Steve Hassett plays lead acoustic guitar and sings harmonies while Zoë Randell plays rhythm guitar and sings lead. Interestingly, his voice often goes in higher registers than hers.
I really like the solo that he plays that adds a bit of uptempo feel to this otherwise quiet song.
Check it out here.
[READ: March 23, 2015] “At First Blush”
This issue of Harper’s featured five essays (well, four essays and one short story) about “Growing Up: five coming of age stories.” Since I knew a few of these authors already, it seemed like a good time to devote an entire week to growing up. There are two introductions, one by Christine Smallwood (who talks about Bob Seger) and one by Joshua Cohen who talks about the coming of age narrative.
Here’s yet another piece by Karl Ove (like the recent essay in the New York Times Magazine) translated by Ingvild Burkey
It’s hard for me to imagine that Karl Ove (who has written literally thousands of pages about his life) could have anything more to say–any incident that he hasn’t gone over with a microscope. And yet, here he is with a new incident.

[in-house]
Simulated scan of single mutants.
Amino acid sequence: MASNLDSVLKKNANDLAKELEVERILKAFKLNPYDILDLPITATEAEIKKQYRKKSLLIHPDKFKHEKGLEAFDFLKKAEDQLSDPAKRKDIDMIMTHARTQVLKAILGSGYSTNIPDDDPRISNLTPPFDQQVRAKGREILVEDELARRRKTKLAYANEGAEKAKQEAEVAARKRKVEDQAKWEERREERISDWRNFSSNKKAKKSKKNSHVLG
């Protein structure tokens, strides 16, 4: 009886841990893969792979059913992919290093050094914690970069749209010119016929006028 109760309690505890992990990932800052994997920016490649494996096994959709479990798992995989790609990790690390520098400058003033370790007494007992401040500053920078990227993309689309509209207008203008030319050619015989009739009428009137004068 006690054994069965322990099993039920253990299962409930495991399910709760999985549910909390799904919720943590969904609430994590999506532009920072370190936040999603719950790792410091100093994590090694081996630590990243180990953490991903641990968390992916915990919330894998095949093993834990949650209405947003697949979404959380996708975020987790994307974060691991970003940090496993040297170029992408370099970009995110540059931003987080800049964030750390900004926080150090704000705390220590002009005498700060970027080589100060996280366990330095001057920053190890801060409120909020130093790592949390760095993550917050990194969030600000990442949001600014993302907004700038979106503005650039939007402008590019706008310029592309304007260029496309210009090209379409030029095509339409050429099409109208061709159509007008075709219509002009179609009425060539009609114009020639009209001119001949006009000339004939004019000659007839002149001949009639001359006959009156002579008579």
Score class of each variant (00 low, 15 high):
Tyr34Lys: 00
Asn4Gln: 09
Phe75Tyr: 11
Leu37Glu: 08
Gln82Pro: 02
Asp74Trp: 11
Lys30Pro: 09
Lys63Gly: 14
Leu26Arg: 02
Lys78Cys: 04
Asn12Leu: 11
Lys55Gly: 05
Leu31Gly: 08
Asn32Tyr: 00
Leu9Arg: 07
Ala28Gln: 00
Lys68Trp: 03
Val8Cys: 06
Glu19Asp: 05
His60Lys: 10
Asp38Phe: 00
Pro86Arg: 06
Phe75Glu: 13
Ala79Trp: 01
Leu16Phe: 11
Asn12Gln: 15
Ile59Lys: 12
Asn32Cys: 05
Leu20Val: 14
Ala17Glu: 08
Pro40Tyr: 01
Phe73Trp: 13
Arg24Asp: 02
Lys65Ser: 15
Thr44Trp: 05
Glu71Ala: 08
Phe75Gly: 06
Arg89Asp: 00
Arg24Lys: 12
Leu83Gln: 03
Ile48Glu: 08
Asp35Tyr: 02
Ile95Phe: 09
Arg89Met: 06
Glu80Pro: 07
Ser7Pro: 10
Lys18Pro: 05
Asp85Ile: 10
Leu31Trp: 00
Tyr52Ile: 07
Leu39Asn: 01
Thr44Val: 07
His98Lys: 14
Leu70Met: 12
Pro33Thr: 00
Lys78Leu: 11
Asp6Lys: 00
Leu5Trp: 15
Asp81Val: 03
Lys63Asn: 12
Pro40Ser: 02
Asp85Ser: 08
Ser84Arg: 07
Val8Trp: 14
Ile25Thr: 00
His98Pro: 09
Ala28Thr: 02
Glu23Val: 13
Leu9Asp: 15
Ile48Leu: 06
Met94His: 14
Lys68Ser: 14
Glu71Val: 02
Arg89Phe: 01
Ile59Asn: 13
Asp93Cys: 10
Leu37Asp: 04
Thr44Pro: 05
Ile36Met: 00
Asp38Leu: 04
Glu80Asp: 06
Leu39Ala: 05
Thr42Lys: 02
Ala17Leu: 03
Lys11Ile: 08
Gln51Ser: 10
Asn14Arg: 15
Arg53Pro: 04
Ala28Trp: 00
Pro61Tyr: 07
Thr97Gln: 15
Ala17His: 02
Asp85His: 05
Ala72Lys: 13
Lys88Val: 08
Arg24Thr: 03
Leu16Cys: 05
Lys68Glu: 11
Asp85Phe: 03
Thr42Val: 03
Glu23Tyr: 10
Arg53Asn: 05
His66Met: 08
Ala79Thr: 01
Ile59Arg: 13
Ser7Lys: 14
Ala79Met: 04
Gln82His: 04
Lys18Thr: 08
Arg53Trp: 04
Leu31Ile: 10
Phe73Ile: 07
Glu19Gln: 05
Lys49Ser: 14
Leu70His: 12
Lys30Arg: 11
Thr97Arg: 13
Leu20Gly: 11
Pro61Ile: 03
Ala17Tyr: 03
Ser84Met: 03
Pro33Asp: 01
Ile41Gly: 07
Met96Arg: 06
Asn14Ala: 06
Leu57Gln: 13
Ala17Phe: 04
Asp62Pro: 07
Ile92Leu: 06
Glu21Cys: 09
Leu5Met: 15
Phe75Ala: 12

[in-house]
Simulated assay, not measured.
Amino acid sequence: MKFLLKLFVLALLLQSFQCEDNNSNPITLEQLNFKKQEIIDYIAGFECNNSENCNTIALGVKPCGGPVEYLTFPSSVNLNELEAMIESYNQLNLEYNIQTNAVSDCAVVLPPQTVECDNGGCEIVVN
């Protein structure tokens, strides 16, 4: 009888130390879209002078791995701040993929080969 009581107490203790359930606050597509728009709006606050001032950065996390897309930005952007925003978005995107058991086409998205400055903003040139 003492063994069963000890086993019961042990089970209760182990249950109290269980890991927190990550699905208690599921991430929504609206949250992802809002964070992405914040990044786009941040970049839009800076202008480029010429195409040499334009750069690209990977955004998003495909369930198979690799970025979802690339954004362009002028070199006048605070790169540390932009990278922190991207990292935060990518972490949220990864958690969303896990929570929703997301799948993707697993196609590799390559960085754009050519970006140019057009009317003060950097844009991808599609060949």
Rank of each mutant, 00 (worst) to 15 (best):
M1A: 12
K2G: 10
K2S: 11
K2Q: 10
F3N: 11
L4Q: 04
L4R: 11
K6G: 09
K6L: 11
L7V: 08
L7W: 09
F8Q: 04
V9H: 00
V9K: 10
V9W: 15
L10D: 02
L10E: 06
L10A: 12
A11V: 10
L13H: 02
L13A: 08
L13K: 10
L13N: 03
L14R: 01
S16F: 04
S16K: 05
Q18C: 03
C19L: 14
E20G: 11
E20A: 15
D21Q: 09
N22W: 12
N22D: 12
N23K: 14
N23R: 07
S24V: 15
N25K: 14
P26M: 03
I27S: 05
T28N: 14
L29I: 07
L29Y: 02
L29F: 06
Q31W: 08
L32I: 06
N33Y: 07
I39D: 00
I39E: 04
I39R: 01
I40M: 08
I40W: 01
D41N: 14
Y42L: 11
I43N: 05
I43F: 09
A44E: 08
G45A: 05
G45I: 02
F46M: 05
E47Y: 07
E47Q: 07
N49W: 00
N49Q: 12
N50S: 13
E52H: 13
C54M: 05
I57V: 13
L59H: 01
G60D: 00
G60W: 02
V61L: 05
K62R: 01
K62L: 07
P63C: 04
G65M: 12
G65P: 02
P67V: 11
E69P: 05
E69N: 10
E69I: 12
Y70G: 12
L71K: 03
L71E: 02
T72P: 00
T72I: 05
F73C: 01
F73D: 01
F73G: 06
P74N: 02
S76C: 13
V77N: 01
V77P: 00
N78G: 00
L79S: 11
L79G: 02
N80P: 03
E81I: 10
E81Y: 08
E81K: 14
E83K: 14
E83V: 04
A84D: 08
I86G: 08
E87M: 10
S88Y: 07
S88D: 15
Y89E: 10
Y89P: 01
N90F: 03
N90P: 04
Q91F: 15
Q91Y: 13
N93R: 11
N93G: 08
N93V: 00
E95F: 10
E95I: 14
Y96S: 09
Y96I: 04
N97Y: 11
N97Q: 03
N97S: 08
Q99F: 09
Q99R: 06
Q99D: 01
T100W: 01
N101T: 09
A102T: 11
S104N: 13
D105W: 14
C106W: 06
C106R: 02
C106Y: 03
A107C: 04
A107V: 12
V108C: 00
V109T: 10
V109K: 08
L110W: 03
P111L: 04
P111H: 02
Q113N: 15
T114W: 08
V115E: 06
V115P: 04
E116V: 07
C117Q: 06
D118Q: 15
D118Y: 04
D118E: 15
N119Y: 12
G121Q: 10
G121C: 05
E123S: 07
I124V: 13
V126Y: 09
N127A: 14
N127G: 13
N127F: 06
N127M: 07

As with most things from Karl Ove, it explains a minute detail which proves to be a big event. He was 12 and in school and told to spit out his gum. As he walked up to the wastebasket the attention made him blush. The first time he can recall the burning shame making him more self-conscious which then kept repeating itself. And then some one said “Karl Ove’s face is all red!”
He relates this to social relationships–once you become aware of other people observing you (which must be happening at a younger and younger age these days). When he was growing up groups of kids would hang out together and go down into the woods–playing or building forts. Despite the lack of an adult presence, they had their own rules. You were not supposed to boast or cry, nor be a coward or fight with girls. You should be brave and loyal and of course never snitch. If you broke the rules you were bullied.
In this case, this was the many bullying the one person who was out of line: “Deviance is evidently intolerable–it has to be rubbed out.” Those who could not conform were exiled.
He says as an adult he sees boastful children and feels like warning them to stop so that they don’t come to a bad end. But he knows that adult reprimand is no use. Eventually it will stop because no peer group will allow it.
He also says that without bullying, the world would be quite different from what we know–no rules, no community. When asked about the belief that to do away with bullying would bring about a better world, he says that “community depends on equality and equality demands sacrifice.”
Karl Ove always seems to take an unpopular opinion and bring some rationality to it.
This essay has a very different feel from his novels. Even though he is writing about himself and in detail about an event, the tone is different (or it is the translator). It feels more like an essay than a novel, which I find really interesting.